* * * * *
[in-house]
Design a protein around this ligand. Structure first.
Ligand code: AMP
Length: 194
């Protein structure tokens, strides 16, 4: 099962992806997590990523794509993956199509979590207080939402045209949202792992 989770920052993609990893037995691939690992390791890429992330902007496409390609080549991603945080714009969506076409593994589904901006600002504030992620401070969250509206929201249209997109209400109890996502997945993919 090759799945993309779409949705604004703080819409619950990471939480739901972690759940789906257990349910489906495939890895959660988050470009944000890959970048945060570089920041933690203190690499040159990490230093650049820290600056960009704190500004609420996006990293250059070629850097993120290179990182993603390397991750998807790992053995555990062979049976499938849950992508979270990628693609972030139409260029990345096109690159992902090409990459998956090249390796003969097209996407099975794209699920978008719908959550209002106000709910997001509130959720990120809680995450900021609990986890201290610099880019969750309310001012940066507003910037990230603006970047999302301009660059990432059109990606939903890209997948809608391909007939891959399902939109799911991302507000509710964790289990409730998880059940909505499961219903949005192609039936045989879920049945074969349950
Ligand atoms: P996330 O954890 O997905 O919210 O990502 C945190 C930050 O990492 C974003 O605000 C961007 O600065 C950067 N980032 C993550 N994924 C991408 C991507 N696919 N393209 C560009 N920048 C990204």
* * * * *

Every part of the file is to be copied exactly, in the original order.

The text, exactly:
[in-house]
Design a protein around this ligand. Structure first.
Ligand code: AMP
Length: 194
């Protein structure tokens, strides 16, 4: 099962992806997590990523794509993956199509979590207080939402045209949202792992 989770920052993609990893037995691939690992390791890429992330902007496409390609080549991603945080714009969506076409593994589904901006600002504030992620401070969250509206929201249209997109209400109890996502997945993919 090759799945993309779409949705604004703080819409619950990471939480739901972690759940789906257990349910489906495939890895959660988050470009944000890959970048945060570089920041933690203190690499040159990490230093650049820290600056960009704190500004609420996006990293250059070629850097993120290179990182993603390397991750998807790992053995555990062979049976499938849950992508979270990628693609972030139409260029990345096109690159992902090409990459998956090249390796003969097209996407099975794209699920978008719908959550209002106000709910997001509130959720990120809680995450900021609990986890201290610099880019969750309310001012940066507003910037990230603006970047999302301009660059990432059109990606939903890209997948809608391909007939891959399902939109799911991302507000509710964790289990409730998880059940909505499961219903949005192609039936045989879920049945074969349950
Ligand atoms: P996330 O954890 O997905 O919210 O990502 C945190 C930050 O990492 C974003 O605000 C961007 O600065 C950067 N980032 C993550 N994924 C991408 C991507 N696919 N393209 C560009 N920048 C990204």